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With David Folkenflik
Potentially lethal packages sent to top Democrats, and CNN. The midterm debates go from hot to fiery. On Khashoggi's murder, the Saudis confirm, then squirm. The roundtable dives in.
Seung Min Kim, White House reporter for The Washington Post. (@seungminkim)
Daniel Dale, Washington correspondent for the Toronto Star. (@ddale8)
Jack Beatty, On Point news analyst. (@JackBeattyNPR)
From The Reading List
CNN: "What we know about the suspicious packages sent to top Democrats, Trump critics and CNN" — "With every intercepted pipe bomb and suspicious package, fear spread from New York to Washington, Florida, Delaware and California. The devices stashed in manila envelopes and mailed nationwide targeted top Democrats, critics of President Donald Trump and CNN.
"None of the bombs detonated, and no one was injured, but the FBI has said additional packages may have been mailed to other locations.
Investigators believe some of the packages might have originated in Florida, according to a law enforcement official. A second law enforcement official told CNN on Thursday that federal investigators were in Florida, chasing down leads."
NPR: "Saudi Arabia Now Says Khashoggi Killing Was Premeditated" — "Saudi Arabia's public prosecutor said Thursday that the killing of Saudi journalist Jamal Khashoggi in their consulate in Istanbul was premeditated, reversing course yet again on Saudi's account of what happened.
"Khashoggi was last seen alive walking into the consulate on Oct. 2, and Saudi Arabia initially denied any part in his disappearance. Last week, its government changed its story, saying the U.S. resident and critic of Saudi policy had died in the consulate because of a fight.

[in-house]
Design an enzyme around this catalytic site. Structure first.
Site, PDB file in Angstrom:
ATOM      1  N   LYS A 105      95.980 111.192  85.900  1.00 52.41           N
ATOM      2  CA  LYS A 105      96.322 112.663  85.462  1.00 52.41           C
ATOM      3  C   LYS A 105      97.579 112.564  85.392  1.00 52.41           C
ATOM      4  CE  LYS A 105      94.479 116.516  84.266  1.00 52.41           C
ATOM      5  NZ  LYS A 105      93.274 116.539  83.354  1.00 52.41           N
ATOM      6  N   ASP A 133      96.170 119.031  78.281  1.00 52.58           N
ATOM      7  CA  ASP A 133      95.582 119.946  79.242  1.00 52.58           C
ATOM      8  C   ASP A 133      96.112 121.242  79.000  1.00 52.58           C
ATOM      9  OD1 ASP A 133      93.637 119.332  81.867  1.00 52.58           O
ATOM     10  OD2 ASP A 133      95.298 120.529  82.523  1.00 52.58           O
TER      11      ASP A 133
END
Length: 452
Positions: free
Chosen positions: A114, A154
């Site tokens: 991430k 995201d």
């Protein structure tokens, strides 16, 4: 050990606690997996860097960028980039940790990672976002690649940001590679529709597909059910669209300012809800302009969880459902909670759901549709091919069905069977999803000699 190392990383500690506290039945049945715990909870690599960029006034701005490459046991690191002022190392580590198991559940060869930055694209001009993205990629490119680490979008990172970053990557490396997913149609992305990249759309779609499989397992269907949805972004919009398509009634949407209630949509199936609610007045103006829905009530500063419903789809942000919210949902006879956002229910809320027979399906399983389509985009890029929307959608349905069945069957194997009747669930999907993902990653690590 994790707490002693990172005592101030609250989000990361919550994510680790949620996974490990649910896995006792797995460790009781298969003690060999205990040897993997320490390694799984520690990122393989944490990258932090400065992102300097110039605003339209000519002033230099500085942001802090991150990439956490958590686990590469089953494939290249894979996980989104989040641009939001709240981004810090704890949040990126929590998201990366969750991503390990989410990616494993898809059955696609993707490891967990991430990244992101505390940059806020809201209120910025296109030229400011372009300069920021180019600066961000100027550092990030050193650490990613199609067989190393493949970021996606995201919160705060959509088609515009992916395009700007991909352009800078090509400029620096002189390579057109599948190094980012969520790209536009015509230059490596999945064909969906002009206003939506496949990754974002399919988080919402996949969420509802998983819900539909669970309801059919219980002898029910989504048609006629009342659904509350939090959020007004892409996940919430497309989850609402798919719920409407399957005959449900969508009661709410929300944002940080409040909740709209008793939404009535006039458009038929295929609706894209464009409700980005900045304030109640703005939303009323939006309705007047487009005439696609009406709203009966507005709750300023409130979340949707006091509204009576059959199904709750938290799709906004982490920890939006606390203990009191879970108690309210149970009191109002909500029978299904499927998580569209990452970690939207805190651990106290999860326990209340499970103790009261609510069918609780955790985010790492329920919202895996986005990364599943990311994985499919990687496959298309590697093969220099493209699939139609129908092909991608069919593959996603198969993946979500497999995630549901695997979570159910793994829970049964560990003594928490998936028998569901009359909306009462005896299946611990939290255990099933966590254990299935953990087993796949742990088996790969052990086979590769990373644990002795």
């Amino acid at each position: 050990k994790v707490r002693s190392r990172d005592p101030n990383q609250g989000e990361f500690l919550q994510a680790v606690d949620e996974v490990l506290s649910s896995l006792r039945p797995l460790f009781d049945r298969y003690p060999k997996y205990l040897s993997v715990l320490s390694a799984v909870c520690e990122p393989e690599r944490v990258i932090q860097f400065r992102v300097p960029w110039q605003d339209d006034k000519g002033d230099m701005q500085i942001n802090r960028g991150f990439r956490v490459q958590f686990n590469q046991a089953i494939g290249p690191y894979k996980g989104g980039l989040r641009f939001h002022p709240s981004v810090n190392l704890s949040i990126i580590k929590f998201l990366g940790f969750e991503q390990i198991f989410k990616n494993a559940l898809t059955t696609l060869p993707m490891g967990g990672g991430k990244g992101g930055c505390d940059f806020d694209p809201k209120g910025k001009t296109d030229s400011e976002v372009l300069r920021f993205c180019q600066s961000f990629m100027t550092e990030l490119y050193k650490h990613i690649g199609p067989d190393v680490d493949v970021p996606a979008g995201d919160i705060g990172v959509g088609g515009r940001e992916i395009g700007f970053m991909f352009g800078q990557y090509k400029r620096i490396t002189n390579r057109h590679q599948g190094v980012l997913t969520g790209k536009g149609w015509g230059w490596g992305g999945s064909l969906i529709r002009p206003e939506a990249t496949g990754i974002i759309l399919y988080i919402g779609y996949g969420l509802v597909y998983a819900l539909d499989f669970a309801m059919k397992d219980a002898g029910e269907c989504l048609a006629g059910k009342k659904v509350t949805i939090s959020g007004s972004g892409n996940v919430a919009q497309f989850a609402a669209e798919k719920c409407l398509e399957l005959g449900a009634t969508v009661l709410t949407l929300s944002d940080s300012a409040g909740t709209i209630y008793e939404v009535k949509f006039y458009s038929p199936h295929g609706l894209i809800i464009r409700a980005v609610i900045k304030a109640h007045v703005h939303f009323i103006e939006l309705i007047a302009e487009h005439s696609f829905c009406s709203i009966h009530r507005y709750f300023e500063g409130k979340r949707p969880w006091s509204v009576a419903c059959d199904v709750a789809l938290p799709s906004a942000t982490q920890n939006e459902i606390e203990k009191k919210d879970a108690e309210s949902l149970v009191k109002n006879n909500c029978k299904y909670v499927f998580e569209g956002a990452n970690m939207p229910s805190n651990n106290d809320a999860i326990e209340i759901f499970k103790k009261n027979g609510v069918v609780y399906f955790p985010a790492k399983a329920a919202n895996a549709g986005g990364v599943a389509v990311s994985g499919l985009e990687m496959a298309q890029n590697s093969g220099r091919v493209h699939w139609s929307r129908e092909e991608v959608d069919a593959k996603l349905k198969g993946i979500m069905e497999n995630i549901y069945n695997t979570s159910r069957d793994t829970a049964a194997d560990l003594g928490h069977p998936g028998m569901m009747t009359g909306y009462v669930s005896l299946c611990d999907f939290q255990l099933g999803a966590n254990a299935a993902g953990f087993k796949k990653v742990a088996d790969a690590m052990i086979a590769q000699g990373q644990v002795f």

"Turkey had been especially skeptical of that claim, and Turkish President Recep Tayyip Erdogan stated earlier this week that Khashoggi was 'brutally murdered' in a Saudi operation, as NPR reported."
The Atlantic: "The Coming Clashes Between Democrats and Republicans" — "Win or lose, the Democratic Party has crossed a threshold in the 2018 election, pointing it toward even more explosive conflict with a Republican Party that Donald Trump is recasting around white racial anxiety.
"For the first time, white men do not constitute a majority of Democratic candidates in races for the House, Senate, or state legislatures this year, according to new research by the Reflective Democracy Campaign, which studies demographic change in elections. Instead, most Democratic candidates are white women or men and women of color. 'That feels to me like a real milestone,' says Brenda Choresi Carter, the group’s director."
Potentially lethal devices are sent to the nation’s leading democrats — including Barack Obama, Joe Biden and Hillary Clinton — and CNN’s New York headquarters, too. The feds are on the case. The president refocuses attention to a caravan of migrants a thousand miles south of the U.S. Trump says he’s a nationalist. Megyn Kelly is out at NBC’s "Today Show." And, the elections are just 11 days away.
This hour, On Point: our weekly news roundtable.
— David Folkenflik
This program aired on October 26, 2018.
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